Doctoral partnership puts Holly at the heart of two huge museum events
A University of Winchester PhD student has taken part in two major museum events thanks to a partnership with the Historic Royal Palaces and the National Portrait Gallery.
Historian Holly Marsden honed her research skills working on the ‘Crown to Couture’ exhibition currently running at Kensington Palace and the long-awaited re-opening of NPG.
These two amazing opportunities came Holly’s way as part of Collaborative Doctoral Partnership (CDP) which means that her PhD project is jointly supervised by the University and the REACH Consortium (which includes the Historic Royal Palaces, the NPG, the Royal Museums Greenwich, the British Film Institute and the National Trust).
Holly’s PhD is on the “The Multiple Identities of Mary II: Queenship, Culture and Politics in the 17th Century” and the often-overlooked monarch, the wife of William III, lived at Kensington Palace and Hampton Court - both of which are within the Historic Royal Palaces group.
Away from her PhD research Holly worked for two days per week for 15 months on the ‘Crown to Couture’ exhibition which features more than 200 items and draws parallels between the fashions of the Georgian royal court and today’s red-carpet creations worn by the likes of Beyonce and Billy Porter.
Holly’s tasks ran from filling in documentation needed to secure loan items to researching and writing text for exhibit labels and penning articles for the catalogue.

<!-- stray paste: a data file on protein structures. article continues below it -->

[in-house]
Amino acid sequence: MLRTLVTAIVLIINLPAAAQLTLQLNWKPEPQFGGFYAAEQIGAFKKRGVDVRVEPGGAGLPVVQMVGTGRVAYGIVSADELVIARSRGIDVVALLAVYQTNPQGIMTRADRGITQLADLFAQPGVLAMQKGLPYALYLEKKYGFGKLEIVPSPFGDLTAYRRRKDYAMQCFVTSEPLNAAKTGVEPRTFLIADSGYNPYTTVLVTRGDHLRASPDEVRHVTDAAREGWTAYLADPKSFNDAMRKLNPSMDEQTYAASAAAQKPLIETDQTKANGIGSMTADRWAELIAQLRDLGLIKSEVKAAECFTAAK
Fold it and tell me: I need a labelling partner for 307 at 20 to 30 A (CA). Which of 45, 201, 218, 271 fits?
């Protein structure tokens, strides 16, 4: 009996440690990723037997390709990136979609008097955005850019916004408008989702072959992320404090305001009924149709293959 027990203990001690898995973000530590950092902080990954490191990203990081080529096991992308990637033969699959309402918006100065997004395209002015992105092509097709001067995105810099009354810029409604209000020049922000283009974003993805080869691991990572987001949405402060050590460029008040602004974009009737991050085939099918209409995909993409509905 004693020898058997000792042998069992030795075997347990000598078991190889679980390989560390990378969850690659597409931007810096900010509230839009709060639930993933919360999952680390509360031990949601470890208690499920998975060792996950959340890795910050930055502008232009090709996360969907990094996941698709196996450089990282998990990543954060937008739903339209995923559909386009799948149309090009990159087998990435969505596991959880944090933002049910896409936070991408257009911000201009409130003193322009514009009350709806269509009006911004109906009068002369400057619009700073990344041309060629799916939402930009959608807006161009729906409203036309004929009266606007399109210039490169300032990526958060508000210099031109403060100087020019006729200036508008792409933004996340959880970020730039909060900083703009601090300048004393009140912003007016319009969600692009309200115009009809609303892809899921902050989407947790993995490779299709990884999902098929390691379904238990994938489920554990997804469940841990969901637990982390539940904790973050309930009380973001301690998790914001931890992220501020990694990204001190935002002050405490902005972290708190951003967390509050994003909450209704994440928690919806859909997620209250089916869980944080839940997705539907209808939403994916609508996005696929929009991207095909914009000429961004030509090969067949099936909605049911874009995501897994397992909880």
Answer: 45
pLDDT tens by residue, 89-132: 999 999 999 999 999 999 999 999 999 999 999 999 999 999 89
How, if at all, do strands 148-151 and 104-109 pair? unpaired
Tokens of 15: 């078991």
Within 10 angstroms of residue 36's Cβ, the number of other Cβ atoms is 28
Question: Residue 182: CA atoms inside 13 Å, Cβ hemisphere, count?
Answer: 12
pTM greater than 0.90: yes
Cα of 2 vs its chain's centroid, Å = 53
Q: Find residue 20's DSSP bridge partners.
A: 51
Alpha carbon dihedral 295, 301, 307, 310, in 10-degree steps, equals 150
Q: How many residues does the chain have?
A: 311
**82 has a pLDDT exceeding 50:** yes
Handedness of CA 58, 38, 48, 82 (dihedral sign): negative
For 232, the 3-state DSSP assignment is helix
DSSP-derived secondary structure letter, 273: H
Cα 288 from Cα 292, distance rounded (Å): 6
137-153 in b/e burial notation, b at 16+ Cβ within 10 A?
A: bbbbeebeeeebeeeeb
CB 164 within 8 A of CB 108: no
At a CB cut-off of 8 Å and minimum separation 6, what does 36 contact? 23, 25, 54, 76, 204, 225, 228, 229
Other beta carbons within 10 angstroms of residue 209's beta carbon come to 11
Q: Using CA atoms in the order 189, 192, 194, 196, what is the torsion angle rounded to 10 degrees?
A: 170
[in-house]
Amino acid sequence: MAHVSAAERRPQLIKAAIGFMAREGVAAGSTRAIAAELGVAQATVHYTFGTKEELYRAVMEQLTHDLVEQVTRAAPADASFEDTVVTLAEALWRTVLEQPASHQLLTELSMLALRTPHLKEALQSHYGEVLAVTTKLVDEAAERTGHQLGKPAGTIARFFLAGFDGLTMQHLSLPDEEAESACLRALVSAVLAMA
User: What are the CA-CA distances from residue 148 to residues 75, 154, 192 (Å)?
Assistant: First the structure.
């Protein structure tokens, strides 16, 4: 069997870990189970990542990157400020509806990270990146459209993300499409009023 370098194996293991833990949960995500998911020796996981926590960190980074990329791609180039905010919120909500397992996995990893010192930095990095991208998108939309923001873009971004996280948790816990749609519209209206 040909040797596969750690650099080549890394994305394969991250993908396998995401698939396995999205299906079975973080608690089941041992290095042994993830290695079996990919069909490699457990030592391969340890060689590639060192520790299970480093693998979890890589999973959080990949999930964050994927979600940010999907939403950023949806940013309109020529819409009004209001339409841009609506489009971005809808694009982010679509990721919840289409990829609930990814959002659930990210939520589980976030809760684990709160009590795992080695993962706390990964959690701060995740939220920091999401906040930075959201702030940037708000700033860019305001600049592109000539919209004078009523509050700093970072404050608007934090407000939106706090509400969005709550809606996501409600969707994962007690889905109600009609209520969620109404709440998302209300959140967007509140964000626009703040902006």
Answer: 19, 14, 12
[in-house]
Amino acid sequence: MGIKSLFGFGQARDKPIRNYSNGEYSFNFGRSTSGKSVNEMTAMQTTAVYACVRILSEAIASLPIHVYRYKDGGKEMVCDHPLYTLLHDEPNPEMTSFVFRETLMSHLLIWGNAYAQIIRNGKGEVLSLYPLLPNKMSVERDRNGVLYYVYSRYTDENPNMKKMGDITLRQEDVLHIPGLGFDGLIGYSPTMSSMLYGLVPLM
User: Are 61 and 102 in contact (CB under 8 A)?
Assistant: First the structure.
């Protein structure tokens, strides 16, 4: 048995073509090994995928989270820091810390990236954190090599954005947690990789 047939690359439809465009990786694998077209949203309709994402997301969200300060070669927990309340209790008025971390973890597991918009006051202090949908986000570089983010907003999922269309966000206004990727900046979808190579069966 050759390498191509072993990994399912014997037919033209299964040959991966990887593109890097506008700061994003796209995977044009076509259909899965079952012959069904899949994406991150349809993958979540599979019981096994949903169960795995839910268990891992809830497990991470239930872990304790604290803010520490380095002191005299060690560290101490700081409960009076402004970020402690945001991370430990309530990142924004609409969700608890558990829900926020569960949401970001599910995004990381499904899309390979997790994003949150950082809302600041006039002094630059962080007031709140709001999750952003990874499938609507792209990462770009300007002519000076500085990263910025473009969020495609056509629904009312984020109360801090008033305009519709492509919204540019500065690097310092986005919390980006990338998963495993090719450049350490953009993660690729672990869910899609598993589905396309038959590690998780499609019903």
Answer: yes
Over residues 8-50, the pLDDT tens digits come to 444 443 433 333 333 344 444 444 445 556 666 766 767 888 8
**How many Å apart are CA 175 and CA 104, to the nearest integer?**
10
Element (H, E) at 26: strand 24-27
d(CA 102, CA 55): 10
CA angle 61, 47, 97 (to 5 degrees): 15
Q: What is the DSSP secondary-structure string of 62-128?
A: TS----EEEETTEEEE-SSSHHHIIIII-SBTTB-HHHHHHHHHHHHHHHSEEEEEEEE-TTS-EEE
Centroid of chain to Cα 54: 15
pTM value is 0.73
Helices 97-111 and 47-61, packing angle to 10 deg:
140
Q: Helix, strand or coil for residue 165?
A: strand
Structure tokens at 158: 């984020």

Her more unusual assignments included researching Georgian characters, sedan chair carriers, for a computer animation and visiting a barbershop museum to find out about men’s razors from the period.
“The subject matter for this placement was really a dream come true,” said Holly. “I love dress history and I would like to go into it further after my PhD.”
Holly, 27, took a three-month break from her work at the palace to switch to the National Portrait gallery where she helped with preparations for its reopening in June after three years of closure.
Part of her job was to re-write labels for the paintings in line with the gallery’s aim of reflecting a greater cultural diversity in British history.
She also worked on the gallery website dealing with comments from the public.
Holly, who grew up in the small Cambridgeshire village of Stretham near Ely, said both placements have whetted her appetite for a role in a curation.
“I would still get to do research but I would also get to interact with the public and tell a story which is what I really enjoy,” she said.
Funding from REACH included a stipend and she also received funding from the Paul Mellon Centre for Studies in British Art who awarded Holly a grant towards her research in the Netherlands earlier this year.
Dr Ellie Woodacre, Reader in Renaissance History at the University of Winchester, said: "Holly's research project on the identity of Mary II is both innovative and exciting. It demonstrates the benefits of doing a Collaborative Doctoral Partnership as on top of the academic supervision for her thesis, she has been able to gain key curatorial experience working with Historic Royal Palaces, National Portrait Gallery and Royal Museums Greenwich. Her placements have not only enriched her research but given her wonderful experience working on the big rehang at the NPG and exciting exhibitions like the current Crown to Couture."
Ellie talks to lead curator Polly Putnam and Holly about the Crown to Couture exhibition on the latest Royal Studies Podcast. Hear it from 25 August at https://royalstudies.buzzsprout.com/
Crown to Couture runs at Kensington Palace until October 29.
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